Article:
Answer: Issuers generally use their websites and social media presence to advertise their market presence in a broad, indiscriminate manner. Although whether a particular communication is an “offer” of securities will depend on all of the facts and circumstances, using such established Internet presence to convey information about specific investment opportunities would likely involve offers to residents outside the particular state in which the issuer did business.

We believe, however, that issuers could implement technological measures to limit communications that are offers only to those persons whose Internet Protocol, or IP, address originates from a particular state or territory and prevent any offers to be made to persons whose IP address originates in other states or territories. Offers should include disclaimers and restrictive legends making it clear that the offering is limited to residents of the relevant state under applicable law. Issuers must comply with all other conditions of Rule 147, including that sales may only be made to residents of the same state as the issuer.

social-mediaAs you can see, not only does the newly added portion of the answer permit an issuer to promote its offering through their own website or social media, but it also provides an accepted “safe harbor” manner for limiting access to information to residents of the issuer’s state. This revised answer is huge improvement from the original and breathes new life into the viability of intrastate offerings as an alternative Title III crowdfunding. Also, while it is not made specific, I believe it is reasonable to assume that the above described “technological measures” would be accepted by the SEC as an “adequate measure” for an internet portal to use in vetting offerees for purposes of C&DI 141.04.

With the delay in the release of final Title III crowdfunding rules, intrastate crowdfunding continues to move forward and grow in popularity in many states. Maybe the revised C&DI is a nod from the SEC accepting the growing use of intrastate crowdfunding or maybe it’s just their attempt to throw a bone to those waiting for final Title III rules.  Whatever the reason, this new C&DI significantly increases the viability of conducting intrastate offerings and will only add to their growing use.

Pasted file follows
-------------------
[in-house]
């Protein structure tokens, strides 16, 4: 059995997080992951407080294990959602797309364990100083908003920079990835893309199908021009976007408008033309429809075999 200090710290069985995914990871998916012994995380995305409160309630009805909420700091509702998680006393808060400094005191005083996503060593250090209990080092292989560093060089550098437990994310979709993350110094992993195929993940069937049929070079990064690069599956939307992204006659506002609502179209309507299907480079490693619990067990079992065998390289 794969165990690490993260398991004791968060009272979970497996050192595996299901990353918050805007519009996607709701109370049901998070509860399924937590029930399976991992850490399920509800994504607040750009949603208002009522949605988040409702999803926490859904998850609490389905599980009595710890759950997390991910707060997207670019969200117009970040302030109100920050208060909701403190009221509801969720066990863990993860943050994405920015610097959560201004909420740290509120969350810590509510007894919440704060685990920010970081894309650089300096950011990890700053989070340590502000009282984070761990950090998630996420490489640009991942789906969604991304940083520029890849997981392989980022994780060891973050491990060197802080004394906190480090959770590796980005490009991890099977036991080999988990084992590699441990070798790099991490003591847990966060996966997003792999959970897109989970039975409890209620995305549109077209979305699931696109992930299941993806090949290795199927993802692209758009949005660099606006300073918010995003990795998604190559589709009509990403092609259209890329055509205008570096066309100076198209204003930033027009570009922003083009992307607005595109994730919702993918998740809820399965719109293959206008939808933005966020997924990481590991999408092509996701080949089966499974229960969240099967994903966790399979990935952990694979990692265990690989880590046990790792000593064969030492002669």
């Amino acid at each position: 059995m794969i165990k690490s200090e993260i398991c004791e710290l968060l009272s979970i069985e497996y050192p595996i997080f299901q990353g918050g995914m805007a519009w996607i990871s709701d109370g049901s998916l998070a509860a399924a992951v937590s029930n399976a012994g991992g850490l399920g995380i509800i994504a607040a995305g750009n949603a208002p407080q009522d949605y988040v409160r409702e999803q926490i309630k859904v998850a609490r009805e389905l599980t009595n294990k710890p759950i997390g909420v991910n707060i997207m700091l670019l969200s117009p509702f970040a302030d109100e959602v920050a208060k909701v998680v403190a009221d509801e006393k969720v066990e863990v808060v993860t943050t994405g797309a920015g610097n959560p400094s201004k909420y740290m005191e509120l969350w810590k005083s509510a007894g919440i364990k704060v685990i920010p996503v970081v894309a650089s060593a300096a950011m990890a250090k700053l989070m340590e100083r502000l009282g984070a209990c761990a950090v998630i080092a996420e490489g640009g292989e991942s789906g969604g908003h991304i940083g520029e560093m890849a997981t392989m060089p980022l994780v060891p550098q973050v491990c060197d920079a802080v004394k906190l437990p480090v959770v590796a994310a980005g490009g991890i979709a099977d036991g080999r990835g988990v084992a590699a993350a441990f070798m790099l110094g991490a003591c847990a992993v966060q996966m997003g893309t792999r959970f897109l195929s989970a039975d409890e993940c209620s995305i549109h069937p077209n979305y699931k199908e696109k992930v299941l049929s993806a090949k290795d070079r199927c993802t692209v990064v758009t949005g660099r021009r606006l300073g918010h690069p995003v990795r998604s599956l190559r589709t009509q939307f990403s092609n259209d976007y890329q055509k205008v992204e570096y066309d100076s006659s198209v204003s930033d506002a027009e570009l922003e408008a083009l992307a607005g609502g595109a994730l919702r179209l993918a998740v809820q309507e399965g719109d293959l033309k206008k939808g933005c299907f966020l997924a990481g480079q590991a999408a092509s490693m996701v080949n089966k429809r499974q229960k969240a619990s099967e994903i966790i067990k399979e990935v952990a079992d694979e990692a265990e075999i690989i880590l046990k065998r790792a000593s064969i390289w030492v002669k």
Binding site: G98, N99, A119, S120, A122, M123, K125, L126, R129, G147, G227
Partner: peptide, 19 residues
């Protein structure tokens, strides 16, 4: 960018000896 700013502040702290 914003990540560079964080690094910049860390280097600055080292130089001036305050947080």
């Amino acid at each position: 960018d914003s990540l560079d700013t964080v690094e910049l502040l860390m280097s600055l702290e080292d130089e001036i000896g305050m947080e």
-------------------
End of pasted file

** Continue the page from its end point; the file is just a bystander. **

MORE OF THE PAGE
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Anthony Zeoli  2Anthony Zeoli is an experienced transactional attorney with a national practice. Specializing in the areas of securities, commercial finance, real estate and general corporate law, his clients range from individuals and small privately held businesses to multi-million dollar entities. Mr. Zeoli is also an industry-recognized crowdfunding and JOBS Act expert who, most recently, has drafted a bill to allow for an intrastate crowdfunding exemption in Illinois, a copy of which can be found on his website: IllinoisCrowdfundingNow.com. Anthony is also currently actively involved with the entrepreneurship program at the University of Illinois at Chicago as both a mentor and a student advisor and is an active advisory board member of the New York Distance Learning Association (NYDLA).